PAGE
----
The human history of the Guadalupe Bay site is closely tied to its natural setting at the head of San Antonio Bay, a short, narrow secondary bay that takes its name from the Guadalupe River. Archeologists often emphasize how local landscapes changed through time, but few sites in Texas are situated in such a dynamic locale. Due to sea-level change and the remodeling power of the combined Guadalupe and San Antonio rivers, the immediate landscape encountered by the aboriginal peoples who visited the site was seldom identical from generation to generation. Their campsite lay on higher ground overlooking the upper stretches of the bay and the Guadalupe River delta. Simple dugout canoes would have given them ready access to a rich array of resources from the the salty open bay, to the brackish upper bay, to the freshwaters flowing down the rivers, as well as from the dry and marshy lands flanking the waterways.
The geology and landscape of the Texas coastal plain, and the lower Guadalupe River/San Antonio Bay region in particular, has been shaped by the waxing and waning of Pleistocene-age continental glaciers (1.8 million to 10,000 years ago) and the subsequent rise in sea level over the last 10,000 years. Modern sea level was reached between 3,000 and 2,000 years ago.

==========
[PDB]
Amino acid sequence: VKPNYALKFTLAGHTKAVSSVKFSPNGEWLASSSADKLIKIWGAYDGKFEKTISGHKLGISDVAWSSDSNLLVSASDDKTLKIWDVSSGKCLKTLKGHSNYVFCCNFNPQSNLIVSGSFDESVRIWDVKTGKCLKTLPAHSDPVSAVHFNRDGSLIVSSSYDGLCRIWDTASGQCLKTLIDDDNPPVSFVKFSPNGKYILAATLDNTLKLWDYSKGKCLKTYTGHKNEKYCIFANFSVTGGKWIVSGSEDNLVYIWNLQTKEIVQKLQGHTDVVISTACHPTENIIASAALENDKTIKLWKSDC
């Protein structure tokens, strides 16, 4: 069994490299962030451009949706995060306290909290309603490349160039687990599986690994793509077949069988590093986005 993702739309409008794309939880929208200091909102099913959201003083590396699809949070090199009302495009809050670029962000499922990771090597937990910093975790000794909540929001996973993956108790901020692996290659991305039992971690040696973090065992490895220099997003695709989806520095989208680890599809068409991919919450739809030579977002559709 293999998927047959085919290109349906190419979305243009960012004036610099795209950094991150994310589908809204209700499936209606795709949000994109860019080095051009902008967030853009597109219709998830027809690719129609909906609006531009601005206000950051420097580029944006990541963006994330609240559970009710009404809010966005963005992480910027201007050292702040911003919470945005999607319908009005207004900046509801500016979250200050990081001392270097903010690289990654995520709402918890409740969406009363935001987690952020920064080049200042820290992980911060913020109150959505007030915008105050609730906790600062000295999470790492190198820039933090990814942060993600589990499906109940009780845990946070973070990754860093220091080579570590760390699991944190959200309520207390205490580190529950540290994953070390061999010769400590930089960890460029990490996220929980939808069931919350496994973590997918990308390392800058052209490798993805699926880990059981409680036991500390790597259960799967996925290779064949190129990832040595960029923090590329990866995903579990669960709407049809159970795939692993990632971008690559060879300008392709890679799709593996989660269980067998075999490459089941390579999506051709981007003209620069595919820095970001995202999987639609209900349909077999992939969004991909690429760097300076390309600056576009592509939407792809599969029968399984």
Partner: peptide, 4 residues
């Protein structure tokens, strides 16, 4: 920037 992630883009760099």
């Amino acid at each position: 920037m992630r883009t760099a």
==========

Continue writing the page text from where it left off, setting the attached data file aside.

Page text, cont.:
Over geological time, sea level dropped as the glaciers advanced and rivers adjusted their gradients to a lower base level and a more distant shoreline. Across the coastal plains, Texas rivers cut relatively deep and narrow valleys within their former broad floodplains, and extended their courses out onto the continental shelf of the Gulf of Mexico. As sea level rose with the retreat of the glaciers, the narrow late Pleistocene river valleys filled with Gulf waters, forming extensive bay systems. The rivers once again adjusted their gradients and formed new meander belts and channels within the old valleys. Eventually, as the rivers deposited enough sediment into the bays, new floodplains and deltas formed, either partly or completely filling the bays with sediment. Today’s San Antonio Bay is in an intermediate stage of this cycle. The advancing or “prograding” delta of the combined Guadalupe and San Antonio rivers has only partly filled the upper portion of the bay.
In order to interpret more fully the archeological data of the area, a brief review of the various landforms, their underlying sediments, and their suggested genesis and age, is needed. The key landscape features and geological formations include: (1) the Pleistocene-age Beaumont Formation, (2) the probable late Pleistocene, Deweyville-related eroded margins of San Antonio Bay, Green Lake, and the floodplains north of the delta, and (3) the Holocene floodplains and delta of the Guadalupe and San Antonio rivers.